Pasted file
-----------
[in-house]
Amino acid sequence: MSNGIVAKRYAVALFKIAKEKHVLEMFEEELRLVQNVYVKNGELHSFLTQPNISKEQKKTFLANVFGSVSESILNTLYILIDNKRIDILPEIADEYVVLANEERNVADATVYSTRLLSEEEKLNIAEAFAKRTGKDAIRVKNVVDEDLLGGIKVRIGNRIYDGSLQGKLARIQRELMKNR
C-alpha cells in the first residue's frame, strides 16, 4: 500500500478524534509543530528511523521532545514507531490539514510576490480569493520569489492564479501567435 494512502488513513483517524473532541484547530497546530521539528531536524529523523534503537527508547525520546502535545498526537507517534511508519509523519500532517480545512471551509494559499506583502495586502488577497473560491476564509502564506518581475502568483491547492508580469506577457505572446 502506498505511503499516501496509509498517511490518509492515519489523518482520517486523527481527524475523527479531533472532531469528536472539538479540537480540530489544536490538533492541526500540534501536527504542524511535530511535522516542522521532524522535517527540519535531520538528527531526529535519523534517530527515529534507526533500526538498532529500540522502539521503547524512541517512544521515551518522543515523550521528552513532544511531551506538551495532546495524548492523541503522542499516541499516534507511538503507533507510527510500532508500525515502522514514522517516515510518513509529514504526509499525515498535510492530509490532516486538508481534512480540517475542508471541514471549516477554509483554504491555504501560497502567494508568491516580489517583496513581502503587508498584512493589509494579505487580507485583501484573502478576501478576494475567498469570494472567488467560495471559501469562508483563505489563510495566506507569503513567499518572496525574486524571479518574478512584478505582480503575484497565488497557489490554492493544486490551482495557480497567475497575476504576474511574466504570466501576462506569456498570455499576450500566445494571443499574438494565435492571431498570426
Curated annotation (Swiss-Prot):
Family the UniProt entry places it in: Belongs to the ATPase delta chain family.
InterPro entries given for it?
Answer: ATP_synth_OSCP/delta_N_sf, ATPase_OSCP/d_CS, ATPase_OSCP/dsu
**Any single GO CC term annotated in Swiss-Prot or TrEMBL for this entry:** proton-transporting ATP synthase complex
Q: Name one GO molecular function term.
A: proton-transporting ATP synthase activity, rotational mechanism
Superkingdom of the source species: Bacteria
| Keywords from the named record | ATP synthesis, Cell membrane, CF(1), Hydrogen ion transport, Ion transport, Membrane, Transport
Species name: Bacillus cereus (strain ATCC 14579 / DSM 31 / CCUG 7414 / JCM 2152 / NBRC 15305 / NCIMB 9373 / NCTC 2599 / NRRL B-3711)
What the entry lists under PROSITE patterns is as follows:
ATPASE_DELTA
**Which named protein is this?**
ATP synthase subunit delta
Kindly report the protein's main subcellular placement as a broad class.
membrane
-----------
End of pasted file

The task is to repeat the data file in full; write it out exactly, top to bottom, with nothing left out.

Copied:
[in-house]
Amino acid sequence: MSNGIVAKRYAVALFKIAKEKHVLEMFEEELRLVQNVYVKNGELHSFLTQPNISKEQKKTFLANVFGSVSESILNTLYILIDNKRIDILPEIADEYVVLANEERNVADATVYSTRLLSEEEKLNIAEAFAKRTGKDAIRVKNVVDEDLLGGIKVRIGNRIYDGSLQGKLARIQRELMKNR
C-alpha cells in the first residue's frame, strides 16, 4: 500500500478524534509543530528511523521532545514507531490539514510576490480569493520569489492564479501567435 494512502488513513483517524473532541484547530497546530521539528531536524529523523534503537527508547525520546502535545498526537507517534511508519509523519500532517480545512471551509494559499506583502495586502488577497473560491476564509502564506518581475502568483491547492508580469506577457505572446 502506498505511503499516501496509509498517511490518509492515519489523518482520517486523527481527524475523527479531533472532531469528536472539538479540537480540530489544536490538533492541526500540534501536527504542524511535530511535522516542522521532524522535517527540519535531520538528527531526529535519523534517530527515529534507526533500526538498532529500540522502539521503547524512541517512544521515551518522543515523550521528552513532544511531551506538551495532546495524548492523541503522542499516541499516534507511538503507533507510527510500532508500525515502522514514522517516515510518513509529514504526509499525515498535510492530509490532516486538508481534512480540517475542508471541514471549516477554509483554504491555504501560497502567494508568491516580489517583496513581502503587508498584512493589509494579505487580507485583501484573502478576501478576494475567498469570494472567488467560495471559501469562508483563505489563510495566506507569503513567499518572496525574486524571479518574478512584478505582480503575484497565488497557489490554492493544486490551482495557480497567475497575476504576474511574466504570466501576462506569456498570455499576450500566445494571443499574438494565435492571431498570426
Curated annotation (Swiss-Prot):
Family the UniProt entry places it in: Belongs to the ATPase delta chain family.
InterPro entries given for it?
Answer: ATP_synth_OSCP/delta_N_sf, ATPase_OSCP/d_CS, ATPase_OSCP/dsu
**Any single GO CC term annotated in Swiss-Prot or TrEMBL for this entry:** proton-transporting ATP synthase complex
Q: Name one GO molecular function term.
A: proton-transporting ATP synthase activity, rotational mechanism
Superkingdom of the source species: Bacteria
| Keywords from the named record | ATP synthesis, Cell membrane, CF(1), Hydrogen ion transport, Ion transport, Membrane, Transport
Species name: Bacillus cereus (strain ATCC 14579 / DSM 31 / CCUG 7414 / JCM 2152 / NBRC 15305 / NCIMB 9373 / NCTC 2599 / NRRL B-3711)
What the entry lists under PROSITE patterns is as follows:
ATPASE_DELTA
**Which named protein is this?**
ATP synthase subunit delta
Kindly report the protein's main subcellular placement as a broad class.
membrane